How Companies Should Respond to Political Events

In the morning On Friday, June 24, Katya Laviolette was sitting in her Montreal kitchen sipping coffee and talking on the phone with a colleague when she learned that the US Supreme Court had voted to dismiss Roe v. pick up calf. As Chief People Officer at 1Password, a Toronto-based password management platform with more than 800 employees – including about 250 in the US – she was concerned that the physical autonomy of some employees was now at risk.

Laviolette took several calls with her team—including the 1Password founders, executives, and communications—to discuss what to do. Laviolette had joined the company in January, so this was the second political event she would address, following the Russian invasion of Ukraine. But she had some experience: In her previous role as chief people officer at Ssense, an e-commerce company, she had navigated the Black Lives Matter movement and the rise in anti-Asian hate crimes. She wrote public statements, researched places for donations, and started a staff resource group.

A photo of Katya Laviolette, Chief People Officer of 1Password
Katya Laviolette, Chief People Office at 1Password (Photo: Richmond Lam)

1Password was recently valued at $6.8 billion, making it one of Canada’s most valuable technology companies, and it has a public profile to match. The company is “open minded,” says Laviolette, and focuses on diversity, equity and inclusion. The leadership felt it was important to go to Roe v. Wade to take a stand.

At the end of this Friday, 1Password sent out a letter to its global employees, which includes employees in the Netherlands and the UK, announcing $5,000 in travel insurance for American employees who are unable to get reproductive health care in their home state. It confirmed the addition of a family-building assistance program for US workers, which would cover things like fertility treatment and adoption. The letter also included a reminder that employees can receive guidance through the company’s employee assistance program. The feedback was positive, but many wondered if the company would make an external statement.

An illustration of people hugging in a circle

Laviolette wanted to wait before speaking publicly. A few days would give the company a chance to consult with its insurance provider to see how they could expand health coverage and thoughtfully search for charities to donate to. It also allowed her to decide what exactly she wanted to say about the situation. “We were a Canadian company taking a stand on an American issue,” says Laviolette. “We didn’t have to be the first out of goal. We took our time to really think about it.”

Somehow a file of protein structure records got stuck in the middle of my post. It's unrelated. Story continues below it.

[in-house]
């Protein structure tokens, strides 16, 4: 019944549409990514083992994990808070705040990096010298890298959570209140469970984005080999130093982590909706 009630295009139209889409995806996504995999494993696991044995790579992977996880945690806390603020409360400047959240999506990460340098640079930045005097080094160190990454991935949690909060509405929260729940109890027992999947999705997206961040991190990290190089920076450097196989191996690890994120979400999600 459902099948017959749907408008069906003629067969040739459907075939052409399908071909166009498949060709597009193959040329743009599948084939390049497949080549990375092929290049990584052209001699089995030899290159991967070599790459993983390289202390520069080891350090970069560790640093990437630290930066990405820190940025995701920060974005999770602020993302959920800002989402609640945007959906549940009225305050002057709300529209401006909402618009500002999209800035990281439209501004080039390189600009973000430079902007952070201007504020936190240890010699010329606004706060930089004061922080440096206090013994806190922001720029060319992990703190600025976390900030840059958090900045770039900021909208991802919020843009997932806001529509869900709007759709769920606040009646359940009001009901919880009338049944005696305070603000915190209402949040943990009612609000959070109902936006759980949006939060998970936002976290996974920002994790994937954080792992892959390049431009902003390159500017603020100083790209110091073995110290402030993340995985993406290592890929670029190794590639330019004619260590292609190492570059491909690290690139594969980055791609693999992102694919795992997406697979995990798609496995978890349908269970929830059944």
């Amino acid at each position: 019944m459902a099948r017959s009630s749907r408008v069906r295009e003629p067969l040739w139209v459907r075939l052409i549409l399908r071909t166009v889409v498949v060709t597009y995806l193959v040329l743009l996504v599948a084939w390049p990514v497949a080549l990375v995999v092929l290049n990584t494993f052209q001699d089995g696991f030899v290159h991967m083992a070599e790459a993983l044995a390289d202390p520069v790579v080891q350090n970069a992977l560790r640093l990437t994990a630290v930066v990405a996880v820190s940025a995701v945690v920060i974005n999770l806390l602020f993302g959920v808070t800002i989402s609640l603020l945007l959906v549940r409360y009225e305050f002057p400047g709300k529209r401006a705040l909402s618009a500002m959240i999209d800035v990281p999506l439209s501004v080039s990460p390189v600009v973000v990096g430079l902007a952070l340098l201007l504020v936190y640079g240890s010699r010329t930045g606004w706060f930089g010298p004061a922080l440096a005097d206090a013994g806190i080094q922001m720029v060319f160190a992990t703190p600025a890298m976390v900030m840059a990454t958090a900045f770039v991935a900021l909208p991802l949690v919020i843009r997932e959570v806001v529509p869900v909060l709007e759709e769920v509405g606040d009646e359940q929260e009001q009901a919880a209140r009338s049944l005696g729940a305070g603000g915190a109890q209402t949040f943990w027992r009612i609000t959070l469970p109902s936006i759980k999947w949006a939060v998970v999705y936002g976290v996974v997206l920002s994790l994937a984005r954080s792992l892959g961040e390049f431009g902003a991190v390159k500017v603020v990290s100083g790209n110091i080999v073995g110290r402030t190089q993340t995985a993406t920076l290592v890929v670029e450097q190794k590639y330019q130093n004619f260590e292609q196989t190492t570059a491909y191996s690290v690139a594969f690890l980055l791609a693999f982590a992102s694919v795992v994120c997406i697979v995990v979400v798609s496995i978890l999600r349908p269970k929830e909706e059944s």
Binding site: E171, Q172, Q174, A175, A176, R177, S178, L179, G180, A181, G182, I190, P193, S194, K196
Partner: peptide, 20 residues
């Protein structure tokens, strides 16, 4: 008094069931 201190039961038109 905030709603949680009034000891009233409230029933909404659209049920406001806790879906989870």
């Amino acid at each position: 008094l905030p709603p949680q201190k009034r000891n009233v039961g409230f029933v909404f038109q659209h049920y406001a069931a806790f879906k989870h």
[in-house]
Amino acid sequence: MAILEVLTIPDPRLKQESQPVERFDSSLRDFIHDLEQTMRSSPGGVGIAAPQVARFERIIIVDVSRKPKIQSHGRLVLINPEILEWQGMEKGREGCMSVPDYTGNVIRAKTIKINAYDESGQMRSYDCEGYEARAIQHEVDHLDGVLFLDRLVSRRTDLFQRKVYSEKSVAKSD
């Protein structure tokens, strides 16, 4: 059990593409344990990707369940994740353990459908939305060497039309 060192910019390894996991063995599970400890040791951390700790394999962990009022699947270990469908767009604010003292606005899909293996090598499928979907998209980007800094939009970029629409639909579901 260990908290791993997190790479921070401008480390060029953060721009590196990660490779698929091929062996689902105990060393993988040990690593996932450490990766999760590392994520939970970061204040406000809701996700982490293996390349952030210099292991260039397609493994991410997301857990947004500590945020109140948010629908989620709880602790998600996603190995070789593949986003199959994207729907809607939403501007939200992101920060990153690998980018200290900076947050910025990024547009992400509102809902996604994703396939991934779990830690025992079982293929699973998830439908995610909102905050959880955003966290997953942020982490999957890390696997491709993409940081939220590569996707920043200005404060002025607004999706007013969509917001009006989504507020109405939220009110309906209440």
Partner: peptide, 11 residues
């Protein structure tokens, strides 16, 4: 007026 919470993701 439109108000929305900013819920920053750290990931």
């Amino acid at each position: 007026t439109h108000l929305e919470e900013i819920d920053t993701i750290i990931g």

She spent the weekend strategizing with her team. They debated an external announcement that made it clear that people should have the freedom to choose what to do with their own bodies. What if it backfired? What if they lose customers? What if people on social media disagreed with their decision? Ultimately, however, they saw fit. They decided that the message should come from Laviolette, as she is the leader of the people, and shared on her personal LinkedIn page to show that there was a real person behind the statement – not a faceless brand.

On Monday, June 27th, Laviolette spent a good part of the day writing the public post. She wrote the letter herself, taking feedback from her team into account. She wanted it to feel authentic. “The first draft was dry, very corporate,” says Laviolette. “But that’s not how I speak. I don’t think 1Password speaks like that – we have to speak from our hearts.”

When the post was finished, it conveyed a clear stance on the subject. “1Password was founded 17 years ago in Canada out of a strong belief in equality in the workplace and beyond,” it said. “That hasn’t changed and it won’t. The decision to Roe v. Toppling Wade will have significant repercussions, threatening decades of economic gains for women and depriving them of the right to make deeply personal health decisions.”

The post also included announcing that 1Password would be donating $25,000 to Planned Parenthood and $25,000 to the Women’s United State, as well as a reminder for employees to vote on and volunteer for issues that matter to them to engage in purposes of their choosing. When the post went live, it was reposted on 1Password’s LinkedIn company page. The feedback was consistently positive. Laviolette received more than 80,000 impressions on her post in just a few days, and many 1Password employees shared the message, saying they are proud of the position the company has taken. It was a success, internally and externally.

Her advice to other companies who have to deal with a similar political issue in the future: look at it from all angles; understand your audience; Think about the implications and be prepared. And, perhaps most importantly, take your time.

“Don’t let yourself be pressured into making an immediate decision,” says Laviolette. “You have to be quick and thoughtful, but check the facts and consult with everyone.”

This article will appear in print in the Fall 2022 issue of Canadian business Magazine. Buy the issue for $7.99 or better yet, subscribe to the quarterly print magazine for just $20.

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